I’ve been keeping myself very busy in the meantime, never fear. Just not blogging!
This would have been Welcome Back to Otterville weekend in a normal year. I thought today would be a good time to let you all know I am still here, I do have art available, (see my home page), and if you wish to purchase any (for that extra special gift or any other reason), it can indeed be arranged. Just use the contact page on this website.
I may as well show you a couple of these new fractals, right?
I think these two speak to our wondering ancient minds, our need for sacred rites and for forbidden places.
One of my favourite things about opening my gallery for studio tours is the interaction with people who are seeing my fractal art for the first time. It’s definitely not the same as viewing it online, partly because of the image resolution and detail and size, and partly because of the metal and acrylic surfaces I usually print on. And for the paintings, the size and the detail provide even more of a difference from what you’ll see here on my website.
But the best part is introducing some to the entire concept of fractals. If you missed the fun of reading my blog from the very start, back in 2014, and you don’t have a way to come this weekend to see them, I am linking you back to that first post here.
I would love for you to come and visit my gallery this weekend so I can share with you the joy and wonder I feel about creating vivid reflections of nature with both paint and with mathematics.
Just come to Otterville and look for the yellow flags – we welcome you!
Today I will be setting up at South Gate Centre in Woodstock in preparation for this weekend’s Oxford Creates Art Expo, organized by Oxford Creative Connections, Inc. I will have several of my newest watercolour paintings available there, as well as a sampling of my fractal pieces. There will be many other artists, as well as authors, exhibiting at this show.
In two weeks, I will be opening my own gallery/studio doors to welcome the public for our 23rd annual studio tour here in Otterville: Welcome Back to Otterville. This will feature a much larger selection of my own work. We have a very good variety of stops this year with several new artisans! I will post again soon with more details about that.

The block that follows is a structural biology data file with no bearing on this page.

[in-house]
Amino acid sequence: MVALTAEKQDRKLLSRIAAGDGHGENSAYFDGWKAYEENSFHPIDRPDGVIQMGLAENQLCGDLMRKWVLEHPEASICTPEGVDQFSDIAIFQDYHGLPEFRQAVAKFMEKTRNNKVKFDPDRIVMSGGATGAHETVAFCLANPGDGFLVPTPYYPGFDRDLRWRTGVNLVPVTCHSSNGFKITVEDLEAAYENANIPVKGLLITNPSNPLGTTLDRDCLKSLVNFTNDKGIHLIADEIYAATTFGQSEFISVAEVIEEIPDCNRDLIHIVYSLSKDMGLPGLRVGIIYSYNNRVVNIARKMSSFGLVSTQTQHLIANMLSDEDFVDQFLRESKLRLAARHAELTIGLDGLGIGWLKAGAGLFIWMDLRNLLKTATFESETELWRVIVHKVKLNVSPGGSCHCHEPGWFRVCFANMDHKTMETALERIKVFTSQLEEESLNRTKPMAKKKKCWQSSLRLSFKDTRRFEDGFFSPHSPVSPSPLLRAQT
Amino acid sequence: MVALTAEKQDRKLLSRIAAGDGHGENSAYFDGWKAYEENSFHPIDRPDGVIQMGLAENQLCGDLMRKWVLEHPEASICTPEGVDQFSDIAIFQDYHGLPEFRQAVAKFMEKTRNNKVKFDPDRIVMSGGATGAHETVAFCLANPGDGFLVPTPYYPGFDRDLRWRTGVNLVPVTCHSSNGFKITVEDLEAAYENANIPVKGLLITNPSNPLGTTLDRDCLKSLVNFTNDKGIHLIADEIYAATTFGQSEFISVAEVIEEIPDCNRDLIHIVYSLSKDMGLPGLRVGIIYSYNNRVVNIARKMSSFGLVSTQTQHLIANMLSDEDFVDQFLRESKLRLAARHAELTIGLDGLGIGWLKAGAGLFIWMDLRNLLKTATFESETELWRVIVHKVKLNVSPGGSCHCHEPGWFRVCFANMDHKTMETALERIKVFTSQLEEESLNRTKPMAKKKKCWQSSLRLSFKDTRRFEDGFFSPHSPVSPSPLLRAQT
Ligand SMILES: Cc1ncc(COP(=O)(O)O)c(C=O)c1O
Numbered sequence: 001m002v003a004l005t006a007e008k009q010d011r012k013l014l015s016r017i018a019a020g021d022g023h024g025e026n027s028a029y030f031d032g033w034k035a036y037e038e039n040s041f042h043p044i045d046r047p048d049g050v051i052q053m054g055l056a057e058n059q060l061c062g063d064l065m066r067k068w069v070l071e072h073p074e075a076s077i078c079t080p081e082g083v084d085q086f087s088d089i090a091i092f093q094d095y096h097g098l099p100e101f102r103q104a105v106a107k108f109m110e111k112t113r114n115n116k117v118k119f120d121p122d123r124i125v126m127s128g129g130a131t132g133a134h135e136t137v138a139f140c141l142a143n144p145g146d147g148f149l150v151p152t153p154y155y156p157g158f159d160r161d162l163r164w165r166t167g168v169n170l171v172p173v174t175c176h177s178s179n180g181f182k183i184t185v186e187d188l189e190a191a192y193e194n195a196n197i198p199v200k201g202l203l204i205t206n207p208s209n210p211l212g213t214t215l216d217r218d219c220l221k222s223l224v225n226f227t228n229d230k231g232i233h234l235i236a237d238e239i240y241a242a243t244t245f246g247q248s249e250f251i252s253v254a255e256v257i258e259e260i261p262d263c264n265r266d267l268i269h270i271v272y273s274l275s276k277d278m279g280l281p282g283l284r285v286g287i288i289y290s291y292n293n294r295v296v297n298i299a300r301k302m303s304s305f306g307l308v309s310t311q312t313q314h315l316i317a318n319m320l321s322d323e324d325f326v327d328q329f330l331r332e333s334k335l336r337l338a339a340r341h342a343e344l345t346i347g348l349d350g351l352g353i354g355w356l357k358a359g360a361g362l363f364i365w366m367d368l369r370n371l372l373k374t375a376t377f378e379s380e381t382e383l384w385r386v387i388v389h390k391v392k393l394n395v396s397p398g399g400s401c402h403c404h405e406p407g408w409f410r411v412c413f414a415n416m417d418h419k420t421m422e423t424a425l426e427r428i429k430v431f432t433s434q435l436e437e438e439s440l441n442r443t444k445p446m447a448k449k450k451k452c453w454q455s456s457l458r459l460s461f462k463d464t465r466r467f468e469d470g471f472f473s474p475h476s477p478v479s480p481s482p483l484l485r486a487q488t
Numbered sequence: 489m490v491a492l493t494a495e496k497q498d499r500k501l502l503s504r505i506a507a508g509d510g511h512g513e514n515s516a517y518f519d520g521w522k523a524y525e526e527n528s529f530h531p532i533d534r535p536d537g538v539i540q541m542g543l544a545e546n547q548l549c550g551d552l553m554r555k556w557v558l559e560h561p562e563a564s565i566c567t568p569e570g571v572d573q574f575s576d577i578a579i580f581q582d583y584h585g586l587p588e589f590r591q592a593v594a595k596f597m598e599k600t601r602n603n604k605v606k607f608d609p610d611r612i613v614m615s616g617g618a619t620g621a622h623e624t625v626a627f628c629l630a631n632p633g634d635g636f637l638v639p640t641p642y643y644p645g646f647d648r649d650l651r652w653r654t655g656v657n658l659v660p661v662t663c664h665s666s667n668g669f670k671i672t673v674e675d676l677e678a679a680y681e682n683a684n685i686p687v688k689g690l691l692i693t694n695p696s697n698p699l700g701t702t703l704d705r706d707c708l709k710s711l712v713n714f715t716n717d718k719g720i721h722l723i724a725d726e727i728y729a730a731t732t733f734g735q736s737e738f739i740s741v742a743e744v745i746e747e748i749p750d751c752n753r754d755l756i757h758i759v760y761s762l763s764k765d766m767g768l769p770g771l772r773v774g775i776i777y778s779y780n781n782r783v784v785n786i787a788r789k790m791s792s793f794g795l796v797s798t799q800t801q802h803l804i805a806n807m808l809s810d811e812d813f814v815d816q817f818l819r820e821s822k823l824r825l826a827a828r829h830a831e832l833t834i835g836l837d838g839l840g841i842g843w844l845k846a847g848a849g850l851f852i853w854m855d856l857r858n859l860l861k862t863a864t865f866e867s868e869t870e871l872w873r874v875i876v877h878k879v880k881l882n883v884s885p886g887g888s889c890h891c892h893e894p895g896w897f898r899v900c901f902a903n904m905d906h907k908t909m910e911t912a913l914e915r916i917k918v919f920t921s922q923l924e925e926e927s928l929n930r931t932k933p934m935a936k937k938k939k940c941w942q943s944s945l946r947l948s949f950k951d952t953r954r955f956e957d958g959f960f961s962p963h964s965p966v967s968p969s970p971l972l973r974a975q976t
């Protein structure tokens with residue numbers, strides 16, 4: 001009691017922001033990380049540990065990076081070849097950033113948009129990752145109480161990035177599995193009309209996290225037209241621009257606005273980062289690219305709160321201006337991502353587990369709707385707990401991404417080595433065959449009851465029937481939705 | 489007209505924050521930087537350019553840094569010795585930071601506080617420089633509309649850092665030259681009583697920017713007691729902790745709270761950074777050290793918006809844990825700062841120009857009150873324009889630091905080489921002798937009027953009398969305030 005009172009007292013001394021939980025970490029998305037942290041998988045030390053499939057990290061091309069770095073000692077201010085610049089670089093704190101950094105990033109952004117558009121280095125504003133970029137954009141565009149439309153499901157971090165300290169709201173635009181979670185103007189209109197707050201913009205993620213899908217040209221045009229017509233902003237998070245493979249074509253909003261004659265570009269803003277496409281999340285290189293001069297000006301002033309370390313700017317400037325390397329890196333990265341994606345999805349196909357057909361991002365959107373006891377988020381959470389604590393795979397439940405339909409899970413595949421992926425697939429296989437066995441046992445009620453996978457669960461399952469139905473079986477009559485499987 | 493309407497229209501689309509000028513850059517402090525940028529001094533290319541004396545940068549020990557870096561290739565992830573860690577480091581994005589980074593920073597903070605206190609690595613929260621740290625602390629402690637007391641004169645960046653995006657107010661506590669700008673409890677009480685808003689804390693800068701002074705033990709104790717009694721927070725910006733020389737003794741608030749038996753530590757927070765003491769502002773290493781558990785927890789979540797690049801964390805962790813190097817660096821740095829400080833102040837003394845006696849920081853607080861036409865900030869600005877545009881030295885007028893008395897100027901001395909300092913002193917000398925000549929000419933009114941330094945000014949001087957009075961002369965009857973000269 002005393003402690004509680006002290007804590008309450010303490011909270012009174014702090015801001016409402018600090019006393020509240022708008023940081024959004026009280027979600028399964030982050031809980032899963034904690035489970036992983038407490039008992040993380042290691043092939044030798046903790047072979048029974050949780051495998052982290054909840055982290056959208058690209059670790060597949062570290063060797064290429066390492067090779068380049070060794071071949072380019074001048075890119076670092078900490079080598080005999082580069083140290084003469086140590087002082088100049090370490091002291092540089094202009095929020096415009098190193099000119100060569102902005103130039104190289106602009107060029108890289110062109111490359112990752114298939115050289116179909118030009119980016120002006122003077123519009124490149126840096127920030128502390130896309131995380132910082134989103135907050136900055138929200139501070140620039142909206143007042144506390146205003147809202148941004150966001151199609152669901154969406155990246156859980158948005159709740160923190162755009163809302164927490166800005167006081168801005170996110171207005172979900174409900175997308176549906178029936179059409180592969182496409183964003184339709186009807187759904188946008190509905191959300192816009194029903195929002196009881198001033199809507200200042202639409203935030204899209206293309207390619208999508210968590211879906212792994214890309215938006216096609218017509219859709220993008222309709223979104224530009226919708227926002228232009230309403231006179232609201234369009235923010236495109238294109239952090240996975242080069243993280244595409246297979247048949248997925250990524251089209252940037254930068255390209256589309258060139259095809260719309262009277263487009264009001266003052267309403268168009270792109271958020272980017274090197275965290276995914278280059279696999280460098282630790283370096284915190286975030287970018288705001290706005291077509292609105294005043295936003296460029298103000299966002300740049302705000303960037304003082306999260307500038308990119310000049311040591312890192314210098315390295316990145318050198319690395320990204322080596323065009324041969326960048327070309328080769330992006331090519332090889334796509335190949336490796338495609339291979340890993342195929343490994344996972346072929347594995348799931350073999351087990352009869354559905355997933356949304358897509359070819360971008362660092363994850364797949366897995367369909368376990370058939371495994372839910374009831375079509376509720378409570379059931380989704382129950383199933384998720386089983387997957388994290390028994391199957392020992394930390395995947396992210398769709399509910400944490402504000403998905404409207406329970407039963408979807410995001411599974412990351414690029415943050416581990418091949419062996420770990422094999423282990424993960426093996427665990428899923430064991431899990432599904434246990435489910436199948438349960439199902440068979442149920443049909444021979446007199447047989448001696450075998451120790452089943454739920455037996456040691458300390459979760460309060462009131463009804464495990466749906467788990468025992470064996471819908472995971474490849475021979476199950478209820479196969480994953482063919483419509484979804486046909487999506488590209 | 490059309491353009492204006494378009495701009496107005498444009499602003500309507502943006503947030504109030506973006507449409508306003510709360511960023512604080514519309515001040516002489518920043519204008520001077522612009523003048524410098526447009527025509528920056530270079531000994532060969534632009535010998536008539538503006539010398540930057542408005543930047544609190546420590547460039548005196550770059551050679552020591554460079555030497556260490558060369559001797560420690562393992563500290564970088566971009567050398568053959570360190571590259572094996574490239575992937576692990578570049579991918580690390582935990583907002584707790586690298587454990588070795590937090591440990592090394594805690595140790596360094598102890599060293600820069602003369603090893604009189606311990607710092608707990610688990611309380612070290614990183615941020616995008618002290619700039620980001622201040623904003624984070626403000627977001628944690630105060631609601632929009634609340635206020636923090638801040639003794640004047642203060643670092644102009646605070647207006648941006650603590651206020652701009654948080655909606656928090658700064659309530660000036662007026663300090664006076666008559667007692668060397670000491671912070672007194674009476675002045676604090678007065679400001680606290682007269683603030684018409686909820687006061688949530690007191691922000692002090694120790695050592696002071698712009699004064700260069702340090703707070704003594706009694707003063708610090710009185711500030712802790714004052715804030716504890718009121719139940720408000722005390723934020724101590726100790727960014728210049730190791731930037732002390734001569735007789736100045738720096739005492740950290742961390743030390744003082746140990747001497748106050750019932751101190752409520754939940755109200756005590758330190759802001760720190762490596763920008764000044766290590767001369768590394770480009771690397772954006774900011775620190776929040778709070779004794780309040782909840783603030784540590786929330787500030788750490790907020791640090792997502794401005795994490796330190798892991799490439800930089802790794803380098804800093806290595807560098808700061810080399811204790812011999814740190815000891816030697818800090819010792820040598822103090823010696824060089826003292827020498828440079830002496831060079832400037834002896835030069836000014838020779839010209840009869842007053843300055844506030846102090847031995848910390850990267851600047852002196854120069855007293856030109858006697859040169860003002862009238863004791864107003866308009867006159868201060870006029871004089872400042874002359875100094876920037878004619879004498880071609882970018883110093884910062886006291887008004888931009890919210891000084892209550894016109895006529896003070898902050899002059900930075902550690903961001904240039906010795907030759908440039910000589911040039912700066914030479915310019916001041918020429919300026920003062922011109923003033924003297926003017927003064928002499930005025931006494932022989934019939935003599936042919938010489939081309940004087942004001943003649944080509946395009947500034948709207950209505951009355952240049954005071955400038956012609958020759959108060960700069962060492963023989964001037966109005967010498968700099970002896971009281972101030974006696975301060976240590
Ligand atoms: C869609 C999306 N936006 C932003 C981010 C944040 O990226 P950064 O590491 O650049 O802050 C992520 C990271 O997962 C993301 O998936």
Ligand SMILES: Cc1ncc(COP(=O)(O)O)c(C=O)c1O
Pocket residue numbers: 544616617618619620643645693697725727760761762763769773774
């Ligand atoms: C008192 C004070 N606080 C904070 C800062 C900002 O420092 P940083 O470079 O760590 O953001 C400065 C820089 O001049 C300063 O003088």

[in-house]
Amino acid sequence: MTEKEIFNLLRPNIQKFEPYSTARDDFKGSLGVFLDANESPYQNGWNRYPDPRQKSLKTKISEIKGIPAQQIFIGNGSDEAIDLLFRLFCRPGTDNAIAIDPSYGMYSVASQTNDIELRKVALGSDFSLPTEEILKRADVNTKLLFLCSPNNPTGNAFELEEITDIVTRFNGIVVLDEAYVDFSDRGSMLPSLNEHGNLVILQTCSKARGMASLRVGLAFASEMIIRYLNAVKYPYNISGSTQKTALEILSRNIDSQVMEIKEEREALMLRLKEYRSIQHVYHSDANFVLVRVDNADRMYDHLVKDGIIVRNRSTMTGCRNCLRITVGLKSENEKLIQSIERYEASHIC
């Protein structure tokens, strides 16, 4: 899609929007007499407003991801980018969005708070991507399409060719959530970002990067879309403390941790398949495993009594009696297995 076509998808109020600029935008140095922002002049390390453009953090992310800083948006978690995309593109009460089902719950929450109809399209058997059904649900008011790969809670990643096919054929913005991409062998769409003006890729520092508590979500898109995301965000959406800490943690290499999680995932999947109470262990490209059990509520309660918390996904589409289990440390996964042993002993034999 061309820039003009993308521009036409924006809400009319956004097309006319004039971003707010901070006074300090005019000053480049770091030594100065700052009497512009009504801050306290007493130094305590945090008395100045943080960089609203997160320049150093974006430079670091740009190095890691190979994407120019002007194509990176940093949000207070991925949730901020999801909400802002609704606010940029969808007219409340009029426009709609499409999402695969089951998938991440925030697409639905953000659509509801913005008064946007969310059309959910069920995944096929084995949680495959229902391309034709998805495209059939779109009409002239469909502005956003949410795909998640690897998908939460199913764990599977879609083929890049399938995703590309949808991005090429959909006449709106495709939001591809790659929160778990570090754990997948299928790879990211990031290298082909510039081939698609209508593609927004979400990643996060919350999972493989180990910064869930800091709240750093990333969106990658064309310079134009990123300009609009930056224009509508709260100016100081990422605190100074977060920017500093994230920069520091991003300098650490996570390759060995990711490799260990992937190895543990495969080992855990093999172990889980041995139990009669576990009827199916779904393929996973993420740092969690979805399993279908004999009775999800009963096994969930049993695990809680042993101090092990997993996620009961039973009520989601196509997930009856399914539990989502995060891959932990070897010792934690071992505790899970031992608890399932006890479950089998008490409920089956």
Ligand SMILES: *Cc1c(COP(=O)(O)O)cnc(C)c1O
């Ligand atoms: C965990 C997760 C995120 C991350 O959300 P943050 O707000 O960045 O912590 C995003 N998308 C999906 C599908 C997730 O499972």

For now, here are the details of both shows:
Oxford Creates: https://oxfordcreativeconnections.com/oxford-creates/
Welcome Back To Otterville: https://www.welcomebacktootterville.ca/
Last week I made the drive to Clinton, Ontario to drop off some of my art, and work a shift at a new store there called ‘Mama & Me, the Canadian Artisan Gift Boutique’. The business owner, Crystal, was the Grand Prize Winner of Central Huron’s Win This Space Contest, and has worked very hard to transform her vision into a reality. As she put it, only 16 gallons of paint and 400+ hours of labour later… her shop was ready to open! It’s full of handmade items displayed in unique ways mostly on re-purposed furniture, which gives it a nice, welcoming, homey feel. The address is 17 Victoria St., Clinton, ON, and it’s not far from Bayfield, Goderich, and Blyth. Open from 11 am-5 pm Tuesday to Friday, 10 am to 5? pm Saturday (not sure) and closed Sundays and Mondays.
I took two fractal watercolour paintings, two fractal metal prints, two watercolour paintings from my ‘Cats of Italy’ series, and another large watercolour painting of lotus blossoms to be hung in the store. I didn’t get to hang them while there, but we decided where they were going and she has promised to send photos when they’re up! Here are most of them, waiting patiently in the area reserved for workshops:
The opening for this show was on Sunday and it continues until August 18.
OCCI stands for Oxford Creative Connections Inc., and it is a not-for-profit Arts and Culture organization dedicated to improving the quality of life in Oxford County through the preservation and advancement of arts and culture.
The Ingersoll Creative Arts Centre is located at
125 Centennial Lane (in Victoria Park)
P.O. Box 384, Ontario
Its hours are:
Open Tuesdays, Wednesdays, Thursdays 10:30 – 2:00 p.m. & 2:30 – 5:30 p.m.
I have one of my new fractal pieces in the show, Time for Tea. Check it out if you go!
I’ve never been to Utah, unless you count a layover at the airport on the way to California. It was snowing in Salt Lake City at the time.
However, I have seen some photos of the landscape there. Somehow, when I created this image, I was reminded of those beautiful rock formations on a clear hot sunny day. I imagined hiking through this fantasy landscape, and the name for this image came to me and stuck.
‘Utaopiah’ will be available for viewing (along with many other pieces) in person on May 4 & 5, from 10 to 5 p.m. during the Oxford Studio Tour, at my home gallery, which is Location #4 on the tour. It is the only one of my metal prints that actually has a frame (the frame is black) – something new I tried out this time!